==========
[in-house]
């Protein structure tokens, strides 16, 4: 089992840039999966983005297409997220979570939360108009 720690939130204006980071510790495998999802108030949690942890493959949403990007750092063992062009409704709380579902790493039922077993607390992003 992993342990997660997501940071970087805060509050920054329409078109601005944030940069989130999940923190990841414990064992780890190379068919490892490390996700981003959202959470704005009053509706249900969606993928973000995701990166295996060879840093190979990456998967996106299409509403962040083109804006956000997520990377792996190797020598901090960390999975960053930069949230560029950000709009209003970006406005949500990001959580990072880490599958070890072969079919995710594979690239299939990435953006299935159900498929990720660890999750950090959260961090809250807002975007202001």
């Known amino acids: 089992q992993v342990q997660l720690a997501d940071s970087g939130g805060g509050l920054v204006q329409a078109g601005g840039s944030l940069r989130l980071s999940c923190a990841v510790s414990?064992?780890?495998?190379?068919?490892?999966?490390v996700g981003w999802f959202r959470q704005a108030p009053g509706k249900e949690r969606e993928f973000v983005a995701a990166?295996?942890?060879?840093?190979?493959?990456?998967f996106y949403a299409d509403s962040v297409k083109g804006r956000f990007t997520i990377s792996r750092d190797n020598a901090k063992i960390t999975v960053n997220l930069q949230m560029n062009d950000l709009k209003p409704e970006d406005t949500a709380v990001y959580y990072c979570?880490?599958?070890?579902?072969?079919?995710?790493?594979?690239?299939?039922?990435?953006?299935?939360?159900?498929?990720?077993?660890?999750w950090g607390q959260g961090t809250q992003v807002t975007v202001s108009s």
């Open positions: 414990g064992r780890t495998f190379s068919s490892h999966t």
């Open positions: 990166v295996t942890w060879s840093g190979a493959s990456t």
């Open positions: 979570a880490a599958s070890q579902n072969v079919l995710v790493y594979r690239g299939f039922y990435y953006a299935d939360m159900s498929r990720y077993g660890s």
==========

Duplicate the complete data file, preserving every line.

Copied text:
[in-house]
């Protein structure tokens, strides 16, 4: 089992840039999966983005297409997220979570939360108009 720690939130204006980071510790495998999802108030949690942890493959949403990007750092063992062009409704709380579902790493039922077993607390992003 992993342990997660997501940071970087805060509050920054329409078109601005944030940069989130999940923190990841414990064992780890190379068919490892490390996700981003959202959470704005009053509706249900969606993928973000995701990166295996060879840093190979990456998967996106299409509403962040083109804006956000997520990377792996190797020598901090960390999975960053930069949230560029950000709009209003970006406005949500990001959580990072880490599958070890072969079919995710594979690239299939990435953006299935159900498929990720660890999750950090959260961090809250807002975007202001």
């Known amino acids: 089992q992993v342990q997660l720690a997501d940071s970087g939130g805060g509050l920054v204006q329409a078109g601005g840039s944030l940069r989130l980071s999940c923190a990841v510790s414990?064992?780890?495998?190379?068919?490892?999966?490390v996700g981003w999802f959202r959470q704005a108030p009053g509706k249900e949690r969606e993928f973000v983005a995701a990166?295996?942890?060879?840093?190979?493959?990456?998967f996106y949403a299409d509403s962040v297409k083109g804006r956000f990007t997520i990377s792996r750092d190797n020598a901090k063992i960390t999975v960053n997220l930069q949230m560029n062009d950000l709009k209003p409704e970006d406005t949500a709380v990001y959580y990072c979570?880490?599958?070890?579902?072969?079919?995710?790493?594979?690239?299939?039922?990435?953006?299935?939360?159900?498929?990720?077993?660890?999750w950090g607390q959260g961090t809250q992003v807002t975007v202001s108009s």
């Open positions: 414990g064992r780890t495998f190379s068919s490892h999966t």
């Open positions: 990166v295996t942890w060879s840093g190979a493959s990456t």
């Open positions: 979570a880490a599958s070890q579902n072969v079919l995710v790493y594979r690239g299939f039922y990435y953006a299935d939360m159900s498929r990720y077993g660890s």